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|Articles - June 2011|
|Wednesday, May 18, 2011|
Page 4 of 4If Sturgeon and Moyer can convince their family, tenants and lenders to support Park Avenue West, there are some broader trends working in the company’s favor.
Market researchers and local economists note that Portland, like cities all over the country, is substantially under building commercial space as a result of the credit crunch, following a few years of below-average commercial construction during the last period of growth. All of that will lead to heavy demand for new space in the coming years and a “mini-boom” in construction, Portland economist Bill Conerly wrote recently in his blog.
By the end of this year, the office vacancy rate in downtown Portland is projected to be 9.3%, the lowest of any major U.S. business district besides Manhattan’s midtown south, according to commercial real estate brokers Cushman & Wakefield. Some market reports for the first quarter of 2011 listed the luxury Class A vacancy rate in Portland as low as 6.3%. Just a handful of multi-floor spaces are left in existing high-end towers in Portland’s core. When the next big client, such as Iberdrola Renewables or a city department, decides to move, “They basically require a new building,” says Tom Usher, Cushman-Wakefield’s senior director in Portland.
The pent-up demand for Class A space meant gold for Shorenstein Properties, which recently sold its building at First and Main for $129 million or $350 per square foot.
And that now means lenders are opening up to new commercial construction deals in Portland.
“I know a number of lenders are open to a deal. They are just looking for the right deal,” says John Petersen, a mortgage banker who heads Melvin Mark Capital. But Petersen also says that potential creditors and tenants have to overcome lingering doubts about the overall state of the economy before a new building becomes a reality. “It takes a turn of psychology,” he says.
In the meantime, Vanessa Sturgeon and TMT wait, and she tries to look at the moment through Tom Moyer’s 92-year-old eyes.
“He’s seen the economy go through cycles like this many times, including the Depression, so two or three years don’t make a big difference to him.” she says. “This is just one more cycle.”
Monday, September 28, 2015
BY LINDA BAKER
Bill Levy of Pacific Ag talked to Oregon Business about new residue markets, the company’s growth strategy and why a biofuel plant is like a large cow.
Thursday, September 10, 2015
BY KIM MOORE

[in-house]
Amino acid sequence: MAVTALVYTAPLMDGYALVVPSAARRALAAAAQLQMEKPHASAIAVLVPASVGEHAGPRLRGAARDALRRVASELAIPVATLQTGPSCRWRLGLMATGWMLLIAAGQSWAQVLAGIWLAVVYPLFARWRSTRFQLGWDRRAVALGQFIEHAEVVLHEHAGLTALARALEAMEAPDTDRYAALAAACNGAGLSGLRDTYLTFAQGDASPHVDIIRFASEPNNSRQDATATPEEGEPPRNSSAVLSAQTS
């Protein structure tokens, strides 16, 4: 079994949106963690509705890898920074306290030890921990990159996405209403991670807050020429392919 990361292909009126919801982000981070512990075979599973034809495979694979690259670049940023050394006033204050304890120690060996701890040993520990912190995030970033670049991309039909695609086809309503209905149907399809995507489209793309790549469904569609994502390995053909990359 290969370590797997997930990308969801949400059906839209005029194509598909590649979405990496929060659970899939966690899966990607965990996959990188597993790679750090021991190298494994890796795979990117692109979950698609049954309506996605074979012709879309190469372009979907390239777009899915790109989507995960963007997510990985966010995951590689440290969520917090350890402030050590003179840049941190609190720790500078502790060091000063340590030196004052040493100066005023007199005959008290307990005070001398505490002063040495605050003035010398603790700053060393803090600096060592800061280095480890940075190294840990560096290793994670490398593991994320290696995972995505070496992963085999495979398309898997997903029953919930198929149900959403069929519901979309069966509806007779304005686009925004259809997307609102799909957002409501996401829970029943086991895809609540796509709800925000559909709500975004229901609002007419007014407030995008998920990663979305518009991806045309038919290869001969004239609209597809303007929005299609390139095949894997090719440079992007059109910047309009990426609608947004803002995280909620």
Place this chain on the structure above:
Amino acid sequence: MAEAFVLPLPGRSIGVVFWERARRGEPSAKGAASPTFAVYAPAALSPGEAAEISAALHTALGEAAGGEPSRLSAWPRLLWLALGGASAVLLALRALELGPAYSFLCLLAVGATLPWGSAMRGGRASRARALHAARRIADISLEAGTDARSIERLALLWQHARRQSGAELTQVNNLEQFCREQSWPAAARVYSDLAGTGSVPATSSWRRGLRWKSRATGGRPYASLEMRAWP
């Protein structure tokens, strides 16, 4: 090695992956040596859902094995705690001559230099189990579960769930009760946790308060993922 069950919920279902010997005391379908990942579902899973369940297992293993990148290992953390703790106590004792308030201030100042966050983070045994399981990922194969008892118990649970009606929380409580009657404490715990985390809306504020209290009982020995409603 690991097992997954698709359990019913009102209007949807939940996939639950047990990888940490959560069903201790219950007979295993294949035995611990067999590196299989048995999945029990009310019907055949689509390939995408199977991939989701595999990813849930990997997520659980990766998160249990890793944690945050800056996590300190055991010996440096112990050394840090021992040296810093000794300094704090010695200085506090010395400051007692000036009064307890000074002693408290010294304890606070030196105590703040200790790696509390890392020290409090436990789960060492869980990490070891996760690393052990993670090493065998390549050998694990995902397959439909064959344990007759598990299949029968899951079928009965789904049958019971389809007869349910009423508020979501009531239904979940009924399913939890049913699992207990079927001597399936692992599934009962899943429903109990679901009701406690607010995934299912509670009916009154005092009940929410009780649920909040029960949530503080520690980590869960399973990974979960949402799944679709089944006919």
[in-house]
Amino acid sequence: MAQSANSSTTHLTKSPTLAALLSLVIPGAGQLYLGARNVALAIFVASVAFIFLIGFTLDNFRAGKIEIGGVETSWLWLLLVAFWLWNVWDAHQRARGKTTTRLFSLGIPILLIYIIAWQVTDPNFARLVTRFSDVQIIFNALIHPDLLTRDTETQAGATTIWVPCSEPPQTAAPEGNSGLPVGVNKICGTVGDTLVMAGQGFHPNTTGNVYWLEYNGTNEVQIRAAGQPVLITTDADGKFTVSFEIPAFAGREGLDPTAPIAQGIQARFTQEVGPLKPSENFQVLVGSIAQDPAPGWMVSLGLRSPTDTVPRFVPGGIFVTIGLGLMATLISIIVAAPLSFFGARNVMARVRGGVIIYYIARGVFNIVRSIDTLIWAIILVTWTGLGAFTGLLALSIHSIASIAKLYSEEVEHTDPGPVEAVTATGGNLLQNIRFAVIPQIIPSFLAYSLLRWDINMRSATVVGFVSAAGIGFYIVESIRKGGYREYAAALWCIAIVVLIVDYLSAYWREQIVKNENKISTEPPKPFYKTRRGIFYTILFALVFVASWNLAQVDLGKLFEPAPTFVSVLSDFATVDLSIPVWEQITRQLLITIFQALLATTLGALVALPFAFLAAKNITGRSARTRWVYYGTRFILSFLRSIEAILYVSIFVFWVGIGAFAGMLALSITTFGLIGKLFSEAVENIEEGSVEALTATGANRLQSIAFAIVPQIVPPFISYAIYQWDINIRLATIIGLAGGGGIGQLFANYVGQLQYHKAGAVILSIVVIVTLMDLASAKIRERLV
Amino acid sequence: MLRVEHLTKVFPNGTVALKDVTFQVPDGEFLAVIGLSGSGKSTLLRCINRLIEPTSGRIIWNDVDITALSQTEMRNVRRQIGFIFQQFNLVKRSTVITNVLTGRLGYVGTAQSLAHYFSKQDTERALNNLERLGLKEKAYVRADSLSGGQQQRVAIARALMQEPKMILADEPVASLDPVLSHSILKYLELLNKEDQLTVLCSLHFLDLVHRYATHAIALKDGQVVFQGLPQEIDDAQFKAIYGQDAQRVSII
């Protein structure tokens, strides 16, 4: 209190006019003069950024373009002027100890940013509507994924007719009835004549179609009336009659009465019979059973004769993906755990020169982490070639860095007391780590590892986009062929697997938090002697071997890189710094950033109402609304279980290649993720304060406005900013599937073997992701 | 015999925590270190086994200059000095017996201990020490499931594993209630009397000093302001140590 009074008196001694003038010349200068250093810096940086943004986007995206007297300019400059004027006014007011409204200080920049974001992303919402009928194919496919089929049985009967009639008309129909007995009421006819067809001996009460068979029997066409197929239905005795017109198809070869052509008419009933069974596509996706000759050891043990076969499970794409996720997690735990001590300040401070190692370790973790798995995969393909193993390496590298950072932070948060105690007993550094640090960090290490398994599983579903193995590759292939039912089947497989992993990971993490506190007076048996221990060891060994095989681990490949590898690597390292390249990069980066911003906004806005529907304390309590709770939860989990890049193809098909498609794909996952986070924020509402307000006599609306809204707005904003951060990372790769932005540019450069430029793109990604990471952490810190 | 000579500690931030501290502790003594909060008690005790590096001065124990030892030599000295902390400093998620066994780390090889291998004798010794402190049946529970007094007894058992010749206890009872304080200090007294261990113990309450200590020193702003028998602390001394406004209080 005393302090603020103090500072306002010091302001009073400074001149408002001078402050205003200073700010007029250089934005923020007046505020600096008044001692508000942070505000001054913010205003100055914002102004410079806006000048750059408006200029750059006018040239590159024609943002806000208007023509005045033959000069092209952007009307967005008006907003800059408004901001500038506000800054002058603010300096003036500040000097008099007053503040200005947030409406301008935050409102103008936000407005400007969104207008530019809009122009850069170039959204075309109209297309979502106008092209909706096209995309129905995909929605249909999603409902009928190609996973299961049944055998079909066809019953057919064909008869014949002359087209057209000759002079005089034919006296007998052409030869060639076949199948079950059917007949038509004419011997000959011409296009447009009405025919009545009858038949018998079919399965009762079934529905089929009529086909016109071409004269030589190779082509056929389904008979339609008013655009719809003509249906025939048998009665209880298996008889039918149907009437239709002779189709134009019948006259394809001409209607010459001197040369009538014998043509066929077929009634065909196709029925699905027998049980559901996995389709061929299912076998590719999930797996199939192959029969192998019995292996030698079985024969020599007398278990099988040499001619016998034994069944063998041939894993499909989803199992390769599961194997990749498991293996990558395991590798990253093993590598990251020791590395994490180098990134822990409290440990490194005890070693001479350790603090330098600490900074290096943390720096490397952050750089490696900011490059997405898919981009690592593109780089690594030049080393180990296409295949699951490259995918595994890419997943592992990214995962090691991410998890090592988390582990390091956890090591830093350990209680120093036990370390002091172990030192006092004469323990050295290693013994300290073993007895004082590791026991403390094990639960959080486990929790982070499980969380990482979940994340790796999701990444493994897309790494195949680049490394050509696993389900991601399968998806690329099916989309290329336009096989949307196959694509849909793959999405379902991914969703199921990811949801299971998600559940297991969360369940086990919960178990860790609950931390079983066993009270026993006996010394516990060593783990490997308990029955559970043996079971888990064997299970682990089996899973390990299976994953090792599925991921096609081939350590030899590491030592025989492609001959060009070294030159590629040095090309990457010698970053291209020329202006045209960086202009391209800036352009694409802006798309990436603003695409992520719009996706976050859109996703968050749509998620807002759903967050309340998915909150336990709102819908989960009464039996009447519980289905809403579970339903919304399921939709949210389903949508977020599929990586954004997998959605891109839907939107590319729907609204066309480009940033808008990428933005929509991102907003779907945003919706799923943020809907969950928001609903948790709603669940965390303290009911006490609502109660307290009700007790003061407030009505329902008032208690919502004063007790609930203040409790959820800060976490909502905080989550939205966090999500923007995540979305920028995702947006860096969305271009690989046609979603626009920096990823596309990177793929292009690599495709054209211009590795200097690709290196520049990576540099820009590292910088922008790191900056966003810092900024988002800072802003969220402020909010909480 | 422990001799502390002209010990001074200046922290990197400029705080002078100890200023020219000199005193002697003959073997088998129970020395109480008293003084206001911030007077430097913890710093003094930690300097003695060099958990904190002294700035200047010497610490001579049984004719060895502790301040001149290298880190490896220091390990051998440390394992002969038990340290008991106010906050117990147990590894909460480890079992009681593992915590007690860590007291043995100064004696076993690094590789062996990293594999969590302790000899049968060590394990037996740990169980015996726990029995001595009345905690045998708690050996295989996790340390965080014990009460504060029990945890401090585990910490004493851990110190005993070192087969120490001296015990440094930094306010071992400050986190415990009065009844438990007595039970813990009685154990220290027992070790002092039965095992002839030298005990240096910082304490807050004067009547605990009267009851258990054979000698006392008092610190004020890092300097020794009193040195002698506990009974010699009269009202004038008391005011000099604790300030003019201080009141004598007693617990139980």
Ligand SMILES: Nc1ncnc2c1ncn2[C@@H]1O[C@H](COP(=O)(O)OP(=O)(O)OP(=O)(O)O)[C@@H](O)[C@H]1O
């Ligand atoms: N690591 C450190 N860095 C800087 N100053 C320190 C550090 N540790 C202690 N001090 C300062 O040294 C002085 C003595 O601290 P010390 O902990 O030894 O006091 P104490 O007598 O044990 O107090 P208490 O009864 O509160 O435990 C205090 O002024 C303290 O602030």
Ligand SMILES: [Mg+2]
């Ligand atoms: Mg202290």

Oregon is set to become a hub of a new type of wooden building design as a southern Oregon timber company becomes the first certified manufacturer of a high-tech wood product, known as cross-laminated timber, or CLT.
Tuesday, October 06, 2015
BY CHRIS NOBLE
As we worked on the October cover, it became evident that Nick Symmonds is a hard man to catch — even when he’s not hotfooting it around a track.
Thursday, August 13, 2015
BY JACOB PALMER | DIGITAL NEWS EDITOR
Portland-based startup ImpactFlow recently announced a $5.7 million funding round. CEO and co-founder Tyler Foreman talks about matching businesses with nonprofits, his time at Intel and the changing face of philanthropy.
Wednesday, September 30, 2015
Oregon Business magazine has named the seventh annual 100 Best Nonprofits to Work for in Oregon. The rankings were revealed Wednesday night during an awards dinner at the Sentinel Hotel in Portland.
Tuesday, September 22, 2015
BY JASON NORRIS | CFA
On September 17, the much anticipated Fed decision was delivered and the equity markets haven't liked it.
Tuesday, September 08, 2015
BY LINDA BAKER
Alan Lehto, TriMet's director of policy & planning, shares a few thoughts on ride sharing and more nimble bus services.
|The List: 100 Best Nonprofits to Work For in Oregon|
|Run, Nick, Run|
|100 Best Nonprofits: Working for equality inside and out|
|One Tough Mayor|
|Keep Pendleton Weird|
|Cream of the Crop|
|Microsoft unveils new lineup of products|
|Miller-Budweiser merger hits snags|
|Portland State campus security to carry guns|
|Twitter's Steve Jobs?|
|American Apparel files for Ch. 11|
|Hiring report disappoints|
|Phil Knight memoir: Coming spring 2016|
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